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Ken Buck on Civil Rights

 

 


Won't compare gays to alcoholics again; better candidate now

Amy Stephens made the case that Ken Buck hurt the party in his failed 2010 Senate bid. Stephens said that the Weld County district attorney's performance in a national television interview had significant ramifications. Stephens noted that "unfortunately when Ken had the 'Meet the Press' incident, along with our gubernatorial (candidates), we watched a lot of things implode."

Buck said the campaign mistakes he made four years ago, including the controversial remark comparing gays to alcoholics, was a mistake he would not repeat again. "I was unprepared for the question, and I answered it in a shorthanded way, and I shouldn't have answered it," said Buck. "I'm a better candidate than I was four years ago. I will not implode, though I don't agree with the premise I did implode."

Source: Denver Post on 2014 Colorado Senate debate , Feb 26, 2014

Buck "mis-spoke" comparing homosexuality to alcoholism

Buck made national news after saying on Meet the Press that he believed same-sex attraction was a lifestyle choice and comparing homosexuality to alcoholism. He later stood by the statement even in the face of calls from gay activists, doctors and psychologists to retract them and even given the fact that the statements strongly supported assertions made by his detractors that his views are out of sync with the views of most Coloradans. [One voter wrote to Buck] calling for Buck to retract his comments. Buck's campaign sent this email:
Thank you for your response. Ken may have mis-spoke, but his desire is to serve the people of Colorado period. As the prosecuting attorney for Weld County, Ken was the only DA in the country to try a hate crime that involved a transgender individual and win. Too often comments are misunderstood and taken out of context, but the hope is that you will realize Ken's commitment to Colorado and its citizens.
Source: Colorado Independent coverage of 2010 Colorado Senate debate , Oct 25, 2010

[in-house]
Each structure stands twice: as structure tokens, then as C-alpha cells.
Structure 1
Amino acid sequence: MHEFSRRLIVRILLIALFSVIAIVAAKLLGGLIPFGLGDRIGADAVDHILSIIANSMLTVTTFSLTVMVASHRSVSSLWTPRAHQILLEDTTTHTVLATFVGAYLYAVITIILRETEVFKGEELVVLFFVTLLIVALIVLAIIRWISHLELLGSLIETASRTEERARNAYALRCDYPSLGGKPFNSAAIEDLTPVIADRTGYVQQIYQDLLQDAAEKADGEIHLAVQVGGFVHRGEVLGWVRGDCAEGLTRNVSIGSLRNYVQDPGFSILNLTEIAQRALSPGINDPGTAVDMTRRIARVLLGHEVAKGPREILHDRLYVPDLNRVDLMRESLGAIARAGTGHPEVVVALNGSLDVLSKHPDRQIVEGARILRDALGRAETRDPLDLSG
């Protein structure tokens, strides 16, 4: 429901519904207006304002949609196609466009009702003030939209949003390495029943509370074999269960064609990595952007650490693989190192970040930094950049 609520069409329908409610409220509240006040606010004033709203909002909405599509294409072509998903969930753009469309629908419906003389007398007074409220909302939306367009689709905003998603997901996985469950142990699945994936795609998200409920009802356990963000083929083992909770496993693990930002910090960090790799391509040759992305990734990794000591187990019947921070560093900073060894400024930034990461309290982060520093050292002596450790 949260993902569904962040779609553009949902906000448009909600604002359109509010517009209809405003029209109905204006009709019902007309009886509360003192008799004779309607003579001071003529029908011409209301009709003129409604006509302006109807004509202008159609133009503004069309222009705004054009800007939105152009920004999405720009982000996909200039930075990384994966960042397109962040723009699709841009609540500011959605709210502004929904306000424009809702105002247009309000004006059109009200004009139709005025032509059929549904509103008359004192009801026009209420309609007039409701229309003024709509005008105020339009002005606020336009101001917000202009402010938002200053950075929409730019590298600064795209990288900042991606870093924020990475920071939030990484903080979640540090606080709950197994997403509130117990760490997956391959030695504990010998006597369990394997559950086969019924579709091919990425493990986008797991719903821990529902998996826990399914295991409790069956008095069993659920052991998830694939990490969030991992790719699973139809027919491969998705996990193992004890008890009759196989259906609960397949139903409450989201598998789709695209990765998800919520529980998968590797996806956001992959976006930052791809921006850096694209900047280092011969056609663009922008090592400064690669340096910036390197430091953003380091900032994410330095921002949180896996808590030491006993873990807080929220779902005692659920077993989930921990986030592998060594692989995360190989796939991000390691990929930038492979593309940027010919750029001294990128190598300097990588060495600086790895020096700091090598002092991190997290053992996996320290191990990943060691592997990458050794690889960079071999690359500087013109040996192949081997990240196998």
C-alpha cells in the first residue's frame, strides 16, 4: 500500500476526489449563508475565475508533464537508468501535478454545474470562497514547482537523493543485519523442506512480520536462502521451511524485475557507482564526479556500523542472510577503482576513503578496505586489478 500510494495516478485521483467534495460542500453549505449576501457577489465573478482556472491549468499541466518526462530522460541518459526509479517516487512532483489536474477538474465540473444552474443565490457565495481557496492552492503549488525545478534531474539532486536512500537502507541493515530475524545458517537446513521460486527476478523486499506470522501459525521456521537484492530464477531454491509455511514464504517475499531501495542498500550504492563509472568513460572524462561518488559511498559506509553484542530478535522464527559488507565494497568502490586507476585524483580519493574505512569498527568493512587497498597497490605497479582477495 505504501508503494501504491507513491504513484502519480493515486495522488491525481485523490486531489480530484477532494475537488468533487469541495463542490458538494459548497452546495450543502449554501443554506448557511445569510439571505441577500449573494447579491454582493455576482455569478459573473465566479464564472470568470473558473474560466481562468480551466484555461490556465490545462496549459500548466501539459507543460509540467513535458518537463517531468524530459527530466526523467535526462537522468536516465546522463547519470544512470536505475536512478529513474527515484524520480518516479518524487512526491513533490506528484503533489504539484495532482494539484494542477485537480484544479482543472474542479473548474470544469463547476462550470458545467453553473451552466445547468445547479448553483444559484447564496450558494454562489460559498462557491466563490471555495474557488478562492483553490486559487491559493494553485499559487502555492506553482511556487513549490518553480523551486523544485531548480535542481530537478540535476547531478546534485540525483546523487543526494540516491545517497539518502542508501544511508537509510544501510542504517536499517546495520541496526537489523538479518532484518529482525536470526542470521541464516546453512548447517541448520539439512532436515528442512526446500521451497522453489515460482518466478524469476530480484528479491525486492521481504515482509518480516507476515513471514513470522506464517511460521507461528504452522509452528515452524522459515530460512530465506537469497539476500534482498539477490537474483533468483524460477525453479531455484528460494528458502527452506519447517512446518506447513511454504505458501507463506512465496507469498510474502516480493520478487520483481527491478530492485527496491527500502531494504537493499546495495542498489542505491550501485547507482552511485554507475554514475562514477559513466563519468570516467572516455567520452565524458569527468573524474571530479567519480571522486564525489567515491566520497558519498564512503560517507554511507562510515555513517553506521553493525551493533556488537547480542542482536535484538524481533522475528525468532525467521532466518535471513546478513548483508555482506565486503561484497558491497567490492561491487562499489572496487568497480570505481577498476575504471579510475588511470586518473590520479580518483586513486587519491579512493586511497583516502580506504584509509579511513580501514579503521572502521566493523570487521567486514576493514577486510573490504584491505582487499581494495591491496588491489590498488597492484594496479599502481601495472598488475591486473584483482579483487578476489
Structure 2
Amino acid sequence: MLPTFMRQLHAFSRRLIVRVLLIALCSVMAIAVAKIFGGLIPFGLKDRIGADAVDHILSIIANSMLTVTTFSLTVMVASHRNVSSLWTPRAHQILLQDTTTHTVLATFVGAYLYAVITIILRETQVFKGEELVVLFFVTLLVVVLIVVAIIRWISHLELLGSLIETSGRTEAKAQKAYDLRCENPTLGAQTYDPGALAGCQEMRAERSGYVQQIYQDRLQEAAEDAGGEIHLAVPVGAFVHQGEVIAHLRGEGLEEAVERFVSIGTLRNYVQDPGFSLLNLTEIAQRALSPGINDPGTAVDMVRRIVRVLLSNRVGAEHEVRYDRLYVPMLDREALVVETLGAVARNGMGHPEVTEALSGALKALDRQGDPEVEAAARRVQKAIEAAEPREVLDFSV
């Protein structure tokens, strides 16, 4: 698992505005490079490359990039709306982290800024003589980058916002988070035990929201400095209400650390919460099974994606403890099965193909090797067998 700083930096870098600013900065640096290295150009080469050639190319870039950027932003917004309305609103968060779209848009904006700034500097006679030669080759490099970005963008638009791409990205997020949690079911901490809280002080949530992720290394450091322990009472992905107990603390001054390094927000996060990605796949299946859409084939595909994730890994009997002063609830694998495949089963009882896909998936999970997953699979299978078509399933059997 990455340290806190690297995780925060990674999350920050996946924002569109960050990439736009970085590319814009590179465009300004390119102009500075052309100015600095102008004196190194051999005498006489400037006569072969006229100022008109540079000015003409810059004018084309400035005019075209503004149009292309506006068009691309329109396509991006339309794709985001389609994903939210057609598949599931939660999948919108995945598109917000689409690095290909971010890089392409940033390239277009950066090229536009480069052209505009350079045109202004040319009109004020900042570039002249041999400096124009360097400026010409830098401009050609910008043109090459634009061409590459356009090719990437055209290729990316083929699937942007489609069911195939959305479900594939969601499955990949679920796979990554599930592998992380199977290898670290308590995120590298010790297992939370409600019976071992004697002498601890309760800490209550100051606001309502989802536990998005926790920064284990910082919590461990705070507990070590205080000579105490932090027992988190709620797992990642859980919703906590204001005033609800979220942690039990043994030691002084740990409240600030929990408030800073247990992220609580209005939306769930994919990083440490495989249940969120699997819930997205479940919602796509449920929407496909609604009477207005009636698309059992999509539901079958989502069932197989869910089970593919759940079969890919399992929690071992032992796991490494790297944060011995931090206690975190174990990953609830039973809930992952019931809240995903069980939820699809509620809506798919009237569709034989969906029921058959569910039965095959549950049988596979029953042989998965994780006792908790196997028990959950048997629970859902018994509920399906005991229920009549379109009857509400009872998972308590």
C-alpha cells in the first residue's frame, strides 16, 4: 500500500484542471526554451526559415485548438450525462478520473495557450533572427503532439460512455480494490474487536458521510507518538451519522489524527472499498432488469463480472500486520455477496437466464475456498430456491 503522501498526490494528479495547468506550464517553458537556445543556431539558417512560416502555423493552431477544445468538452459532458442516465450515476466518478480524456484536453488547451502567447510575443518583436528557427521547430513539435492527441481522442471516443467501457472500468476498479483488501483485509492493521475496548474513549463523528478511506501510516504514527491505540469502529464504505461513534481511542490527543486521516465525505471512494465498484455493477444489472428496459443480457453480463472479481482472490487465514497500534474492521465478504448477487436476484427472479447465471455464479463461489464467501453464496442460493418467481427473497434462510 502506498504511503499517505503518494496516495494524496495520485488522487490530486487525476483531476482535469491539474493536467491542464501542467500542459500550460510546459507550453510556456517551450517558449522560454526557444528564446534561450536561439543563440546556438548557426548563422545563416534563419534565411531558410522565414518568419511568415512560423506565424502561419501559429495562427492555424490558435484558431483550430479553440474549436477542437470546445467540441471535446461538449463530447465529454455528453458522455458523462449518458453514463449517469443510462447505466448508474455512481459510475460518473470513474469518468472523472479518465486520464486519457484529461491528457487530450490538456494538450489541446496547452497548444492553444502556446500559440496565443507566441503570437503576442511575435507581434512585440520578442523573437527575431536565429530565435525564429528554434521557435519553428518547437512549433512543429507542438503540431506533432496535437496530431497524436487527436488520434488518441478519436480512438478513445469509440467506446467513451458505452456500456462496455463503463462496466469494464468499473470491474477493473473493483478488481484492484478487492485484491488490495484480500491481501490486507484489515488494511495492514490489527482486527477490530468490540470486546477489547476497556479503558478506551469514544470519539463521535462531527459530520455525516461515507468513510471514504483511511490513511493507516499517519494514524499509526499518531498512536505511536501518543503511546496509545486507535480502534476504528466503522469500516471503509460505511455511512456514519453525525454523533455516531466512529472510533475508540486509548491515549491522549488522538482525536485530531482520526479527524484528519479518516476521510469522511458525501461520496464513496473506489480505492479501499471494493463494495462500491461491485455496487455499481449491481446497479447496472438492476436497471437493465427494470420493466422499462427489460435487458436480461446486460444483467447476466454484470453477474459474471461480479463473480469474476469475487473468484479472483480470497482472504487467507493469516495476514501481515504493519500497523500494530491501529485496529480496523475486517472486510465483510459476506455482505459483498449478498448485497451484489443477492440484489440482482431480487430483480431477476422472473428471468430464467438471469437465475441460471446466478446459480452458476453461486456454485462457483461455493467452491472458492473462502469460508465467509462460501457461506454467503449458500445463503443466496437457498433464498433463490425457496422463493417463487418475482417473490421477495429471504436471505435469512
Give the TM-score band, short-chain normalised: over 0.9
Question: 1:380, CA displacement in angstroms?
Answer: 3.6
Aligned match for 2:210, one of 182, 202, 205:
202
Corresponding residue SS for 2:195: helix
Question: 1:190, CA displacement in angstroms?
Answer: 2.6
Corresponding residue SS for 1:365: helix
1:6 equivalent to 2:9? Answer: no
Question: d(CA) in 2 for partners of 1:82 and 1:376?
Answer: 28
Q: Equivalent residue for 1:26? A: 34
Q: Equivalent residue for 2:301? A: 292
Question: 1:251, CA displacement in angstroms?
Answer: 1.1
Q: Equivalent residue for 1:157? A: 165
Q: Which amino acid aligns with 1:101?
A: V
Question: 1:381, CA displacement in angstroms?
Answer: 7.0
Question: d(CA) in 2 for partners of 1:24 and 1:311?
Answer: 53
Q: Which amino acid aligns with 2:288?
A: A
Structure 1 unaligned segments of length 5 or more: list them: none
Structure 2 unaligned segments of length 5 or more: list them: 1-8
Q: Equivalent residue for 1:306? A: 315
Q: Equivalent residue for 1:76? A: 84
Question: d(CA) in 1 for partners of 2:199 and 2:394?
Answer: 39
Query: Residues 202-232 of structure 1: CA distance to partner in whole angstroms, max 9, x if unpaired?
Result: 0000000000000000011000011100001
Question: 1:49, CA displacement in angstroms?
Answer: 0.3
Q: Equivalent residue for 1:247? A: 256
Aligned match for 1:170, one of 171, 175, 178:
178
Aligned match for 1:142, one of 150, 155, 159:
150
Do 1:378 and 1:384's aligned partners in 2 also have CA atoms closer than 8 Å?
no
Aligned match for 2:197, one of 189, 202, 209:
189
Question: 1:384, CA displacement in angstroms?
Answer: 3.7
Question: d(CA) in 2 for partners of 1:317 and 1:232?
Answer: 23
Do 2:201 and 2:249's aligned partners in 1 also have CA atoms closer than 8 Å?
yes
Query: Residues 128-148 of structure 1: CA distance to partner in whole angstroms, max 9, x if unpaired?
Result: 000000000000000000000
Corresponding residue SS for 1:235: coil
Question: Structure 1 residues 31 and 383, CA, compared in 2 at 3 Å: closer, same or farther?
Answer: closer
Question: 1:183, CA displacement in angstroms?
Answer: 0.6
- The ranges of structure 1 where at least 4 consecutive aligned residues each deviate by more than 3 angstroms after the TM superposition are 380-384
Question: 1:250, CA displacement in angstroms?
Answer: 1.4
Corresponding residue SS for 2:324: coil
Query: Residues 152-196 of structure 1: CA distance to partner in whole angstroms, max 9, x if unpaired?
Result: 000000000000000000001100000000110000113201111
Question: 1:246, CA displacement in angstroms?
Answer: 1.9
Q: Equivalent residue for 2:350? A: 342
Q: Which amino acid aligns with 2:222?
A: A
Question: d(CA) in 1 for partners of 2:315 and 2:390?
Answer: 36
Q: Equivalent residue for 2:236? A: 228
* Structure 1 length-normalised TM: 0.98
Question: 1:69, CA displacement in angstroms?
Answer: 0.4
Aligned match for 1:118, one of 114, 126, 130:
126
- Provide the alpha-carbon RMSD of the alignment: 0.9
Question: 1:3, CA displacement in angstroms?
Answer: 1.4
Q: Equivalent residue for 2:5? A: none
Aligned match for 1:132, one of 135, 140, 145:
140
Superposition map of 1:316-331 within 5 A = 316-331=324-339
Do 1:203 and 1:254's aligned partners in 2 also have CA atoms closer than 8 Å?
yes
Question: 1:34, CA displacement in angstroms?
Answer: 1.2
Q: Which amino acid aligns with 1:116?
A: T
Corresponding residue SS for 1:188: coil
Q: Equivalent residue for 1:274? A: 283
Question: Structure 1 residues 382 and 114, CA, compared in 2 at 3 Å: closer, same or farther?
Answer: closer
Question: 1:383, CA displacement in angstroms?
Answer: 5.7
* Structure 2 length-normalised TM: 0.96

Birth influences homosexuality like it influences alcoholism

Ken Buck compared homosexuality to alcoholism Sunday in a nationally televised debate. [One analyst speculated], "The homosexuality question is going to produce most of the headlines out of the debate."

Asked by the host to elaborate on a statement he made in an earlier debate about gays in the military, Buck said he believes sexual orientation is a choice. Buck went on to say, "I think that birth has an influence over it, like alcoholism and some other things, but I think that basically you have a choice."

Bennet jumped on Buck's remark. "I absolutely believe he's outside the mainstream of views on this," Bennet said.

After the debate, a Buck spokesman said Buck did not mean to imply with his alcoholism comparison that Buck believes homosexuality is a disease. Buck told The Denver Post after the debate that he "wasn't talking about being gay as a disease" but also said of his remark that "there's no doubt there will probably be a commercial on something like that" from Democrats.

Source: Greeley Tribune coverage of 2010 Colorado Senate debate , Oct 18, 2010

Being gay is a choice, but birth has an influence

Q: On the issue of gays, in a debate last month you expressed your support for "don't ask, don't tell," and you alluded to lifestyle choices. Do you believe that being gay is a choice?

BUCK: I do.

Q: Based on what?

BUCK: Based on what?

Q: Yeah, why do you believe that?

BUCK: Well, I guess, you can choose who your partner is.

Q: You don't think it's something that's determined at birth?

BUCK: I think that birth has an influence over like alcoholism and some other things, but I think that basically you, you have a choice.

Q: [to Bennet]: Does that put him outside the mainstream of views on this?

BENNET: I absolutely believe he's outside the mainstream of views on this.

Source: NBC's Meet the Press: 2010 Colorado Senate debate , Oct 17, 2010

Don't-ask-don't-tell policy makes a lot of sense

An issue that illustrates the differences between Buck and Bennet is the "don't ask, don't tell" policy. When asked about repealing don't-ask-don't-tell, Sen. Bennet said he supported lifting the ban, saying opposition to homosexuality was a result of "outdated views of our society."

Buck said, "I do not support the repeal of don't-ask-don't-tell. I think it is a policy that makes a lot of sense." The don't-ask-don't-tell policy itself was instituted during the Clinton years and prohibits inquiries into the sexual orientation of military members. The current policy states that a person who makes their sexuality known is subject to discharge under the Uniform Code of Military Justice.

The Colorado Independent, in a story titled "Coloradans mostly agree with Bennet not Buck on don't-ask-don't-tell," reported that the majority of Coloradans supported lifting the ban. However, Buck's opinion appears to be more in line with the majority of generals and service-members.

Source: Greeley Gazette coverage of 2010 Colorado Senate debate , Sep 29, 2010

Prosecute the murder of transgender as a hate crime

Campaign For Liberty [created an] ad which is not a strict candidate endorsement, which would violate the law, but instead to promote the group's surveys.